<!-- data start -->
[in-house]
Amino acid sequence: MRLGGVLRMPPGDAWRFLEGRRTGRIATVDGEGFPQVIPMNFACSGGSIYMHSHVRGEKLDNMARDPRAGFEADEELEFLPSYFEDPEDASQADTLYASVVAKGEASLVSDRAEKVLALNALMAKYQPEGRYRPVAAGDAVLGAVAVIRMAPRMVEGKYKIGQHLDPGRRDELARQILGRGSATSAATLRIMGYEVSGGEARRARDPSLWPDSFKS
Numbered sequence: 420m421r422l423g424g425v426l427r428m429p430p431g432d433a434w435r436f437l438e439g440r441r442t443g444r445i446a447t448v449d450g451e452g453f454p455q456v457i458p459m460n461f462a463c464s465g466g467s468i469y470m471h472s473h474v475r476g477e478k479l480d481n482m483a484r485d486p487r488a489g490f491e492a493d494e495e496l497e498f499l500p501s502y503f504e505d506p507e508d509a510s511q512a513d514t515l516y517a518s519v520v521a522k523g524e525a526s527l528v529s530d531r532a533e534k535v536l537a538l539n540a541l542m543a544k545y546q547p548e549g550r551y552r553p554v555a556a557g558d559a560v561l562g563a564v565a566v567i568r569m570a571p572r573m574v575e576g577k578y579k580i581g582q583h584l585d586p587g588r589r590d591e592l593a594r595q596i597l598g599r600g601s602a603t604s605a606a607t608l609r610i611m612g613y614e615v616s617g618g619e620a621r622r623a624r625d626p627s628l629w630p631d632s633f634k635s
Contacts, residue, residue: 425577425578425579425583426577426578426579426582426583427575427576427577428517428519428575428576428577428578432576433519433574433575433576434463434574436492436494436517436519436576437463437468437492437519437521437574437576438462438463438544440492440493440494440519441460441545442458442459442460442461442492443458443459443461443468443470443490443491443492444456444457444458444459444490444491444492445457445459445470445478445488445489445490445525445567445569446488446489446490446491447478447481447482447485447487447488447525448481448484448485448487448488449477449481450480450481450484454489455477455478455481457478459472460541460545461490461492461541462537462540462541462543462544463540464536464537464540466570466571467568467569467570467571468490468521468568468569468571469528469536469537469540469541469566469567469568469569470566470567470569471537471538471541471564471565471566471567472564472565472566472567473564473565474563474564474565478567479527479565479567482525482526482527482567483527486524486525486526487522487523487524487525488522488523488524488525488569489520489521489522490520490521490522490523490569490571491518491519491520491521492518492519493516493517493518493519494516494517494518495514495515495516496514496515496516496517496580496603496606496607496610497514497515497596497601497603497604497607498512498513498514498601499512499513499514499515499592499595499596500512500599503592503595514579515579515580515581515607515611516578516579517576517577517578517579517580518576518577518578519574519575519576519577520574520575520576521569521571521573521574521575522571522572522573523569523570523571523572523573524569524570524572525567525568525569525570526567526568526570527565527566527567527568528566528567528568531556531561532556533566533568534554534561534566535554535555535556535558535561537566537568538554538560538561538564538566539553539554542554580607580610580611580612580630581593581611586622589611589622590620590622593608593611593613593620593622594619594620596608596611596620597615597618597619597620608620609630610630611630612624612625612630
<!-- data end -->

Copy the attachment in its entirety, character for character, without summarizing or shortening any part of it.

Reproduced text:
[in-house]
Amino acid sequence: MRLGGVLRMPPGDAWRFLEGRRTGRIATVDGEGFPQVIPMNFACSGGSIYMHSHVRGEKLDNMARDPRAGFEADEELEFLPSYFEDPEDASQADTLYASVVAKGEASLVSDRAEKVLALNALMAKYQPEGRYRPVAAGDAVLGAVAVIRMAPRMVEGKYKIGQHLDPGRRDELARQILGRGSATSAATLRIMGYEVSGGEARRARDPSLWPDSFKS
Numbered sequence: 420m421r422l423g424g425v426l427r428m429p430p431g432d433a434w435r436f437l438e439g440r441r442t443g444r445i446a447t448v449d450g451e452g453f454p455q456v457i458p459m460n461f462a463c464s465g466g467s468i469y470m471h472s473h474v475r476g477e478k479l480d481n482m483a484r485d486p487r488a489g490f491e492a493d494e495e496l497e498f499l500p501s502y503f504e505d506p507e508d509a510s511q512a513d514t515l516y517a518s519v520v521a522k523g524e525a526s527l528v529s530d531r532a533e534k535v536l537a538l539n540a541l542m543a544k545y546q547p548e549g550r551y552r553p554v555a556a557g558d559a560v561l562g563a564v565a566v567i568r569m570a571p572r573m574v575e576g577k578y579k580i581g582q583h584l585d586p587g588r589r590d591e592l593a594r595q596i597l598g599r600g601s602a603t604s605a606a607t608l609r610i611m612g613y614e615v616s617g618g619e620a621r622r623a624r625d626p627s628l629w630p631d632s633f634k635s
Contacts, residue, residue: 425577425578425579425583426577426578426579426582426583427575427576427577428517428519428575428576428577428578432576433519433574433575433576434463434574436492436494436517436519436576437463437468437492437519437521437574437576438462438463438544440492440493440494440519441460441545442458442459442460442461442492443458443459443461443468443470443490443491443492444456444457444458444459444490444491444492445457445459445470445478445488445489445490445525445567445569446488446489446490446491447478447481447482447485447487447488447525448481448484448485448487448488449477449481450480450481450484454489455477455478455481457478459472460541460545461490461492461541462537462540462541462543462544463540464536464537464540466570466571467568467569467570467571468490468521468568468569468571469528469536469537469540469541469566469567469568469569470566470567470569471537471538471541471564471565471566471567472564472565472566472567473564473565474563474564474565478567479527479565479567482525482526482527482567483527486524486525486526487522487523487524487525488522488523488524488525488569489520489521489522490520490521490522490523490569490571491518491519491520491521492518492519493516493517493518493519494516494517494518495514495515495516496514496515496516496517496580496603496606496607496610497514497515497596497601497603497604497607498512498513498514498601499512499513499514499515499592499595499596500512500599503592503595514579515579515580515581515607515611516578516579517576517577517578517579517580518576518577518578519574519575519576519577520574520575520576521569521571521573521574521575522571522572522573523569523570523571523572523573524569524570524572525567525568525569525570526567526568526570527565527566527567527568528566528567528568531556531561532556533566533568534554534561534566535554535555535556535558535561537566537568538554538560538561538564538566539553539554542554580607580610580611580612580630581593581611586622589611589622590620590622593608593611593613593620593622594619594620596608596611596620597615597618597619597620608620609630610630611630612624612625612630